Missouri’s biggest opponent on Friday night and throughout last season wasn’t the opposing team, but the Tigers’ inability to take care of the basketball.
The Tigers had 25 turnovers in their 76-59 loss at Iowa State and spotted the Cyclones 25 points as a result.
Turnovers hampered the Tigers throughout last season and played a crucial role in five of Missouri’s 13 losses that were within two-possessions. On Friday, Iowa State wasn’t the only old foe that the Tigers’ faced.
The Tigers’ struggled to take care of the ball immediately, committing four turnovers in the games’ opening minutes.
Sophomore center Jeremiah Tilmon struggled to control the ball, which led to a pair of early turnovers and freshman Javon Pickett threw a pass right into an Iowa State defender’s hands.
Missouri’s troubles started to mount when freshman point guard Xavier Pinson threw a pair of no-look passes to Mitchell Smith and Reed Nikko and neither expected them coming.
Missouri coach Cuonzo Martin said after the game that he didn’t have a problem with Pinson’s passing, since that’s an integral part of his game, but thought some of them could have been delivered differently.
Martin didn’t think Pinson was trying to get too fancy as an underclassman or thought his turnovers were because of a lack of chemistry.
“He has that in his game,” Martin said. “One, he hit Mitch he should have bounce-passed it. I had no problem with the pass but thought it should have been a bounce instead of a head pass.”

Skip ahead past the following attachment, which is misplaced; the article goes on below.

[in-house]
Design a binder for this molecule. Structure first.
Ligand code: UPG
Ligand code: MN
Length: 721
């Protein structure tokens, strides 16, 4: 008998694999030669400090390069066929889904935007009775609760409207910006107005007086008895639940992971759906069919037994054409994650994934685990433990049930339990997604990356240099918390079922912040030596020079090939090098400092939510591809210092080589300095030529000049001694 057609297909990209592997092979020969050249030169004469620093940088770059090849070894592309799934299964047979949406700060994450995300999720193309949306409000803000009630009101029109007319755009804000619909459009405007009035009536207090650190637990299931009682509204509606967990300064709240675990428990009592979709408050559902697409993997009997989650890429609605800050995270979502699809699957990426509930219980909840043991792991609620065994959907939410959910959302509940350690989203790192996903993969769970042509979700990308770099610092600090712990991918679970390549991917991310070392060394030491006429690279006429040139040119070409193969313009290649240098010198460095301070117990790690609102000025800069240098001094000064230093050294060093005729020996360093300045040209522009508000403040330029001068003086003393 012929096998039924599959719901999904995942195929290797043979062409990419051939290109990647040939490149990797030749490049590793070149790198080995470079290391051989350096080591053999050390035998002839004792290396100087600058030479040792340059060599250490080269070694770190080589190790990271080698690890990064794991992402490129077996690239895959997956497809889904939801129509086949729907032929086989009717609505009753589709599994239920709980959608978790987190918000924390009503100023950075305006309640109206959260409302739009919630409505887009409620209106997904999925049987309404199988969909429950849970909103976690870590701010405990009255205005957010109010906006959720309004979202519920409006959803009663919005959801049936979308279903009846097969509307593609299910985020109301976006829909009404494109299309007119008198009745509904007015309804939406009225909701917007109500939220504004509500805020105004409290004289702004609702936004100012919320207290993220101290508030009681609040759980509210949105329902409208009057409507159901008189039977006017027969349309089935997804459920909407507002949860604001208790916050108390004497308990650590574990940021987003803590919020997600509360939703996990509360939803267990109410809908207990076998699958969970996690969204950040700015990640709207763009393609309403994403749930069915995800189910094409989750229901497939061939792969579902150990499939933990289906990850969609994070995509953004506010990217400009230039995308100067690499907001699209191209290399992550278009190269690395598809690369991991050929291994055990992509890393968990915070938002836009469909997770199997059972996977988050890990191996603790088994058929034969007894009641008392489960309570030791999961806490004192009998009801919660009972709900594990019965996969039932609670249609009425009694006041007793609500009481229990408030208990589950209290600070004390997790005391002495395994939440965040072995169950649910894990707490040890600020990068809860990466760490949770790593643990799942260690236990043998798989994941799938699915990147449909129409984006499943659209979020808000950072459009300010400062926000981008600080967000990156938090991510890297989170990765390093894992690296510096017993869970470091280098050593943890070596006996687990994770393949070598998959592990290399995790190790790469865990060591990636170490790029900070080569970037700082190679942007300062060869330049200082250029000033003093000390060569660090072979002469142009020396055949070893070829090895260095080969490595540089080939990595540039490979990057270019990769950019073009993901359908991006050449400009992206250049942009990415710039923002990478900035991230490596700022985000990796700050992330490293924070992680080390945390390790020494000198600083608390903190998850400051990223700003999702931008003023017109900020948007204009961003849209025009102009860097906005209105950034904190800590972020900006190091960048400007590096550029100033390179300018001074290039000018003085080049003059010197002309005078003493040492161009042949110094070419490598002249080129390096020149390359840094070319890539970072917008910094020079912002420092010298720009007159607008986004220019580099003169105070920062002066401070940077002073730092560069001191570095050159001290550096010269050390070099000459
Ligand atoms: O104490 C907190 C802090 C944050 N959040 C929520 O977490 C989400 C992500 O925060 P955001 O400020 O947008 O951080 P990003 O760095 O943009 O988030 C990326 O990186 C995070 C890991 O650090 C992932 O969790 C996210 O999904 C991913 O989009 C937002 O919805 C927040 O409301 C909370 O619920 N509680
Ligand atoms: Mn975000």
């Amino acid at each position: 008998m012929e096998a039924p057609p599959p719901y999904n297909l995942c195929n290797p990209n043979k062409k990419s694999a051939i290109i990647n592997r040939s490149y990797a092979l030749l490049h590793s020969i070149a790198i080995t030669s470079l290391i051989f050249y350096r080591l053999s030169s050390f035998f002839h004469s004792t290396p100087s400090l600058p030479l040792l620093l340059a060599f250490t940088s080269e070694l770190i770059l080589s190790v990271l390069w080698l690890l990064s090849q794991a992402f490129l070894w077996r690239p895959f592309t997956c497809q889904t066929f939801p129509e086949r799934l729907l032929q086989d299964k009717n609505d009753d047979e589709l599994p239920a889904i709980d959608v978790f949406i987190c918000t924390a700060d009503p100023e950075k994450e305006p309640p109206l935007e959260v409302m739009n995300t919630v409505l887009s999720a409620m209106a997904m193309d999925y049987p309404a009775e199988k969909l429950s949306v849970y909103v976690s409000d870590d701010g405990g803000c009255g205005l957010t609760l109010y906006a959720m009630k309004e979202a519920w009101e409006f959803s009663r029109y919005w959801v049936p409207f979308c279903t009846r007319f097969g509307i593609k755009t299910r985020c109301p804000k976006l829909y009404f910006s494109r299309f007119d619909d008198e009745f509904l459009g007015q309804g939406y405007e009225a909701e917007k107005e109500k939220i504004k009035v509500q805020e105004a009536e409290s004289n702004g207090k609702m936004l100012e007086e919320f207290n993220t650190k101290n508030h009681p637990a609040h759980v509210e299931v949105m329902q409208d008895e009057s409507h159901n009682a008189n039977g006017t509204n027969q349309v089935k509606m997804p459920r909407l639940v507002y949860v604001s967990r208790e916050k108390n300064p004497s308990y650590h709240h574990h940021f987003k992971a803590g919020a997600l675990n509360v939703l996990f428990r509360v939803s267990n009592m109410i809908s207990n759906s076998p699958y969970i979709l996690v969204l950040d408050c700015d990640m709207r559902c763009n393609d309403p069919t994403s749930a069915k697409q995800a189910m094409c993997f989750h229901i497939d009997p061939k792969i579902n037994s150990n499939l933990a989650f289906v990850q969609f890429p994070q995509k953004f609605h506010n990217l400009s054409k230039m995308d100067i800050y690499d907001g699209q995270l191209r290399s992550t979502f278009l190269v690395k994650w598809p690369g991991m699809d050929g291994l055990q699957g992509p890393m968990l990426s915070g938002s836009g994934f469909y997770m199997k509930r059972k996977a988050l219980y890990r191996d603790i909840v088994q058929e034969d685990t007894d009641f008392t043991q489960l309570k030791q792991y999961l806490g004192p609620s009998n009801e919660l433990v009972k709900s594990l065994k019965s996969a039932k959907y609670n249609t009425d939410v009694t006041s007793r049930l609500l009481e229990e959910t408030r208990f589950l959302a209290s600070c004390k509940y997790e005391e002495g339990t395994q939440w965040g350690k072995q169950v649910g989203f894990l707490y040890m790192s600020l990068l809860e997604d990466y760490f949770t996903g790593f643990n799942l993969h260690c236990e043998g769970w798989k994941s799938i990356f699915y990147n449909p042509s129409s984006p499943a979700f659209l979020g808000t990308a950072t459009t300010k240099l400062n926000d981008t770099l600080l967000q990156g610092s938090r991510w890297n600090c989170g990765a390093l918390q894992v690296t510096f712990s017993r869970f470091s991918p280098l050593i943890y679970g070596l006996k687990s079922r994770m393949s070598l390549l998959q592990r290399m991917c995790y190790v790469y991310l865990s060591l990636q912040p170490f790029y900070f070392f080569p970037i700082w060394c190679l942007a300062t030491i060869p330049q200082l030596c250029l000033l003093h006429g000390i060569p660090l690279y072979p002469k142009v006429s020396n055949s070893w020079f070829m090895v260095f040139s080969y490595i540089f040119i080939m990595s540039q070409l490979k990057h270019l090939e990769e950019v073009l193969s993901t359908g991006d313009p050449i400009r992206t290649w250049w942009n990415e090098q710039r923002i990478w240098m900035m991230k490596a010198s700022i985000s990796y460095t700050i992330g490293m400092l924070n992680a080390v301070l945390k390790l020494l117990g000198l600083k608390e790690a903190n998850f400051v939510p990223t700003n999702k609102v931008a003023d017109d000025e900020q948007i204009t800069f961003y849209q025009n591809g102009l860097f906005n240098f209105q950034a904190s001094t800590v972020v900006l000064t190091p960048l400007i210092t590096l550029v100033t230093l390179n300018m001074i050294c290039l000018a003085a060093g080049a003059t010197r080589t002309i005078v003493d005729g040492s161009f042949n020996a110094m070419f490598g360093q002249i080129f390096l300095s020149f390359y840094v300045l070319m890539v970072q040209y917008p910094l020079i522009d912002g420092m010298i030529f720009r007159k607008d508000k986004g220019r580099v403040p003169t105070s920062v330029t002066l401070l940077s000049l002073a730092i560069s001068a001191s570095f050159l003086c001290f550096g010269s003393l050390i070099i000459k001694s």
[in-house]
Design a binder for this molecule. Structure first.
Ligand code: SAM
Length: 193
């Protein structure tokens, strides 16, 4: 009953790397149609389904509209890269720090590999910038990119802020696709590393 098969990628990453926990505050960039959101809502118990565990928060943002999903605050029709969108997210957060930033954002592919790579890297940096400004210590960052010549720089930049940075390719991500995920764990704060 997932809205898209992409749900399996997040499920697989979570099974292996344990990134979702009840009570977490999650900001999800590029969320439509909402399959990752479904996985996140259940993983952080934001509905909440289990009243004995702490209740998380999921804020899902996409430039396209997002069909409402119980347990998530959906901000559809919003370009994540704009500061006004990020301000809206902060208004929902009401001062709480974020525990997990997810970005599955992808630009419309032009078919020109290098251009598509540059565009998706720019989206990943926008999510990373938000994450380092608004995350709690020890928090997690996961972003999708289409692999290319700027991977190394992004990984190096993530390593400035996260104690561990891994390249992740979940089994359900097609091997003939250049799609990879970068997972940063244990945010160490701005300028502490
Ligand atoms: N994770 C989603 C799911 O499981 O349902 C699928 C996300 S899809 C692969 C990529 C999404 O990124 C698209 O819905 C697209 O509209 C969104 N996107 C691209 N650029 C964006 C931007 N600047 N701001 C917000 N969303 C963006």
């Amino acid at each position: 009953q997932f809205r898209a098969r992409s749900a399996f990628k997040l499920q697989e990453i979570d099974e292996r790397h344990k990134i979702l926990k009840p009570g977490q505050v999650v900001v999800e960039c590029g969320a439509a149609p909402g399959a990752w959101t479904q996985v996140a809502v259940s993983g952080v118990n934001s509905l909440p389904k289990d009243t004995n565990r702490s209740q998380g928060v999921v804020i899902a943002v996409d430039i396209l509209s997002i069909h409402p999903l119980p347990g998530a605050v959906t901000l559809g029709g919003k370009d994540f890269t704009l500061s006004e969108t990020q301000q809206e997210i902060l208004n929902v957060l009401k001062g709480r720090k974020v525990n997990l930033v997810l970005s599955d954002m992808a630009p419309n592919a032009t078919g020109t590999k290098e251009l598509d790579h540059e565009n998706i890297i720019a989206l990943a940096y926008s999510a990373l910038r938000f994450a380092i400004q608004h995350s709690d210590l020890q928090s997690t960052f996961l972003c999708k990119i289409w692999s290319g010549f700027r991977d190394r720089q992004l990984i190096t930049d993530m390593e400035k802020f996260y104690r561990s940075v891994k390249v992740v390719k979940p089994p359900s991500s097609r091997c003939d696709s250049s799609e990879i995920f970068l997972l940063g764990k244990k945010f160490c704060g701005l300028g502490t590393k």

Through Missouri’s first two games last year, the team had 33 turnovers, with 17 coming against the Cyclones in last year’s season-opener. This season Missouri is only up slightly with 36 turnovers through its first two contests.
Last season, Missouri had 21 turnovers in games against Stephen F. Austin, Illinois and against Mississippi. Missouri came out victorious against the Lumberjacks and lost to the Illini and Rebels.
Missouri’s turnover percentage was 35.5 percent against Iowa State on Friday night, the program’s highest rating in a game during the KenPom era, which dates back to the 2001-02 season.
Martin attributed the turnovers from the first 10 minutes of the game to having a young, inexperienced team playing in a tough road environment and considered most of them self-inflicted.
Because of the earliness in the season, he didn’t want to compare last year’s turnover issues to the ones displayed on Friday.
“It’s a new year, but some of them, just watching without watching film, lot of unforced,” he said. “It was not as if their team was pressing. It was more of us. We had some turnovers offensively just trying to make plays.”
On Friday, the Tigers had 15 turnovers in the first half against Iowa State Missouri’s start to the second half was identical to the first as senior point guard Jordan Geist had the ball stolen on a pass intended for Kevin Puryear.
Tilmon lead Missouri with five turnovers while Pickett, Pinson and Mitchell Smith each had five.
“At one point it just seemed like it was just one after another,” Puryear said.
Last year, Missouri’s turnover issue wasn’t magnified until the team blew a late lead against West Virginia in the Advocare Invitational and turned the ball over 20 times in a 83-79 loss.
The Tigers’ holiday tournament last season proved to be a sign of things to come with turnover issues. Missouri now has a week to fix things before opening Paradise Jam play against Kennesaw State next Friday.
“We need more focus when we take care of the ball,” Puryear said.